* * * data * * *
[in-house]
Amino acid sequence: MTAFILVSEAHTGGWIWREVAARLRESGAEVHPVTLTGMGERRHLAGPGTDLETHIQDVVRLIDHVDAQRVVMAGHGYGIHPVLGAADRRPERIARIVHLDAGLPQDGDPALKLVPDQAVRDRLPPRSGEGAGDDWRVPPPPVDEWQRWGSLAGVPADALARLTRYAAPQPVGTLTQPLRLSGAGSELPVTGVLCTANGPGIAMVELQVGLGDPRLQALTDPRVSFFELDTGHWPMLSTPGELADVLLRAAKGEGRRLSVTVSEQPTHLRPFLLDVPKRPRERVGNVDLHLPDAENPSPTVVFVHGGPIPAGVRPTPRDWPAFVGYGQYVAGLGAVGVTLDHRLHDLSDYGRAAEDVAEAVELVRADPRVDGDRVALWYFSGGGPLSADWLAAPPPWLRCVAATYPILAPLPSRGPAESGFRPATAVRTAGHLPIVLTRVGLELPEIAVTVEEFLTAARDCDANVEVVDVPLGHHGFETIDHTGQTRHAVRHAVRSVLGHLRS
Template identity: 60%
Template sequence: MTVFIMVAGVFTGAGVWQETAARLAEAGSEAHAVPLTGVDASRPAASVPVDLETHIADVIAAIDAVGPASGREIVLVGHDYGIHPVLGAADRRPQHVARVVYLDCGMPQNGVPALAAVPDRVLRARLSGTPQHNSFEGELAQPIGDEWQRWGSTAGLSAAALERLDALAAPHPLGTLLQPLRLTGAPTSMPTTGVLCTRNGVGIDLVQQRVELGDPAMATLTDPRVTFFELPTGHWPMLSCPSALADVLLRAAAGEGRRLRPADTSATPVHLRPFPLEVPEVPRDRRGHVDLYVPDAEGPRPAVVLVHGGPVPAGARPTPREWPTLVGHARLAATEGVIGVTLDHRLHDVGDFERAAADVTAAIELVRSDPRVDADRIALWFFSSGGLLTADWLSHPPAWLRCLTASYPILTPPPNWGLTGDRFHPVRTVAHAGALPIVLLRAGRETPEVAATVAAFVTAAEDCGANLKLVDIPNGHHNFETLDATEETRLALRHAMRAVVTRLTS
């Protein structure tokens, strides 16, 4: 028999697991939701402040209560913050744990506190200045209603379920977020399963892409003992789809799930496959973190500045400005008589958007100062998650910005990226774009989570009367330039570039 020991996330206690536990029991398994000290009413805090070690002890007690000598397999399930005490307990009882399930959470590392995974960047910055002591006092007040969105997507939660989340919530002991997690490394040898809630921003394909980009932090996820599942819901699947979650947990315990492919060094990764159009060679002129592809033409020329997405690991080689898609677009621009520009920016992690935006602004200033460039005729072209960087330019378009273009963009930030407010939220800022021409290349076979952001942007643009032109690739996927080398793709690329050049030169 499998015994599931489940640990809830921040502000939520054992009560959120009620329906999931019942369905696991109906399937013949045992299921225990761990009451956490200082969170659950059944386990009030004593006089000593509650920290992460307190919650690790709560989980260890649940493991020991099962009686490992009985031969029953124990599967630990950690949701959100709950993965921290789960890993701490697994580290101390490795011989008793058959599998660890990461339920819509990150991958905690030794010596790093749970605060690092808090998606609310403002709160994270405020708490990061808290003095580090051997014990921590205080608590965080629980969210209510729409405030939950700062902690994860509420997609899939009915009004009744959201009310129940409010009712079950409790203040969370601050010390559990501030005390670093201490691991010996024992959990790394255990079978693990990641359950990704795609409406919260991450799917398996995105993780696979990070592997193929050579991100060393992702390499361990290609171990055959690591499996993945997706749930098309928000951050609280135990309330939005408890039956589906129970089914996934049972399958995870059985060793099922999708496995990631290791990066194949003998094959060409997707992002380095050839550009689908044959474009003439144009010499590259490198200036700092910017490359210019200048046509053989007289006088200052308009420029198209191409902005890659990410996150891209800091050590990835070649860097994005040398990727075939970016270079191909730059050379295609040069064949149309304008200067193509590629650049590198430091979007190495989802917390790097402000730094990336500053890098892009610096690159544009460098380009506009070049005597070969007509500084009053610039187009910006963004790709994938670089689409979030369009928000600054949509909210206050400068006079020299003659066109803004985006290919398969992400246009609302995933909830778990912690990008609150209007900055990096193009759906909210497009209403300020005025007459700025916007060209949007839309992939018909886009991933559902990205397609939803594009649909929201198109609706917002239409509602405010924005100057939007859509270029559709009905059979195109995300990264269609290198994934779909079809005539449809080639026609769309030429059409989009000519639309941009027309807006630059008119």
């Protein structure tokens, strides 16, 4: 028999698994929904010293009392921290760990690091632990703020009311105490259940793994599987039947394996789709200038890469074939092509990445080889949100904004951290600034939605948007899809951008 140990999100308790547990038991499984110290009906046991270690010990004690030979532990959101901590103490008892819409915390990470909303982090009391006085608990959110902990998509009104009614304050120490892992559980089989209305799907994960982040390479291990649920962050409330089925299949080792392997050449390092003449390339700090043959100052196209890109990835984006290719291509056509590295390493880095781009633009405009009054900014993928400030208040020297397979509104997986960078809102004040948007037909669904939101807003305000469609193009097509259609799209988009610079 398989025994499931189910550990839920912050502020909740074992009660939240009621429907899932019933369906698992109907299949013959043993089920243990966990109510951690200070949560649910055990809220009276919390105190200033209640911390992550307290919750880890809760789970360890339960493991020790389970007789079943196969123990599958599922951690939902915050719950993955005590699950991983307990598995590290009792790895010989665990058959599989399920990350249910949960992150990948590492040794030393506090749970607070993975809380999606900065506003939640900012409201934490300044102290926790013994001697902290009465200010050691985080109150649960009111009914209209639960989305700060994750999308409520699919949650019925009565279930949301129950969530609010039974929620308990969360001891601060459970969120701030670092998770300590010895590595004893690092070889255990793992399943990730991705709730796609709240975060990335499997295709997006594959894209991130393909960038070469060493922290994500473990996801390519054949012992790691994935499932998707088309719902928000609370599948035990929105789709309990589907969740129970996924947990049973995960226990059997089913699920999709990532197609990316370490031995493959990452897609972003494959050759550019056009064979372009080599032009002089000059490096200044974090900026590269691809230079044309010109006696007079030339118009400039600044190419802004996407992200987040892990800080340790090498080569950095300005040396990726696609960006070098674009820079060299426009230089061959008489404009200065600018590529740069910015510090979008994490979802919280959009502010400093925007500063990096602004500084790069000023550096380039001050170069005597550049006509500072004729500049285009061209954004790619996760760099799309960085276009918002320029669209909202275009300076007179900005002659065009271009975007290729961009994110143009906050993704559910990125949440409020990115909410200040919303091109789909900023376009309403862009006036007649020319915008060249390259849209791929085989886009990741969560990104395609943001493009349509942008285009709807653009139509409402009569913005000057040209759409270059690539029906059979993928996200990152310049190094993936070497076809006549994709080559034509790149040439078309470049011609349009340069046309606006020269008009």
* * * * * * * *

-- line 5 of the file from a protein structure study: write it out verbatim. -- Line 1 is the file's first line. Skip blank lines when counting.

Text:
């Protein structure tokens, strides 16, 4: 028999697991939701402040209560913050744990506190200045209603379920977020399963892409003992789809799930496959973190500045400005008589958007100062998650910005990226774009989570009367330039570039 020991996330206690536990029991398994000290009413805090070690002890007690000598397999399930005490307990009882399930959470590392995974960047910055002591006092007040969105997507939660989340919530002991997690490394040898809630921003394909980009932090996820599942819901699947979650947990315990492919060094990764159009060679002129592809033409020329997405690991080689898609677009621009520009920016992690935006602004200033460039005729072209960087330019378009273009963009930030407010939220800022021409290349076979952001942007643009032109690739996927080398793709690329050049030169 499998015994599931489940640990809830921040502000939520054992009560959120009620329906999931019942369905696991109906399937013949045992299921225990761990009451956490200082969170659950059944386990009030004593006089000593509650920290992460307190919650690790709560989980260890649940493991020991099962009686490992009985031969029953124990599967630990950690949701959100709950993965921290789960890993701490697994580290101390490795011989008793058959599998660890990461339920819509990150991958905690030794010596790093749970605060690092808090998606609310403002709160994270405020708490990061808290003095580090051997014990921590205080608590965080629980969210209510729409405030939950700062902690994860509420997609899939009915009004009744959201009310129940409010009712079950409790203040969370601050010390559990501030005390670093201490691991010996024992959990790394255990079978693990990641359950990704795609409406919260991450799917398996995105993780696979990070592997193929050579991100060393992702390499361990290609171990055959690591499996993945997706749930098309928000951050609280135990309330939005408890039956589906129970089914996934049972399958995870059985060793099922999708496995990631290791990066194949003998094959060409997707992002380095050839550009689908044959474009003439144009010499590259490198200036700092910017490359210019200048046509053989007289006088200052308009420029198209191409902005890659990410996150891209800091050590990835070649860097994005040398990727075939970016270079191909730059050379295609040069064949149309304008200067193509590629650049590198430091979007190495989802917390790097402000730094990336500053890098892009610096690159544009460098380009506009070049005597070969007509500084009053610039187009910006963004790709994938670089689409979030369009928000600054949509909210206050400068006079020299003659066109803004985006290919398969992400246009609302995933909830778990912690990008609150209007900055990096193009759906909210497009209403300020005025007459700025916007060209949007839309992939018909886009991933559902990205397609939803594009649909929201198109609706917002239409509602405010924005100057939007859509270029559709009905059979195109995300990264269609290198994934779909079809005539449809080639026609769309030429059409989009000519639309941009027309807006630059008119």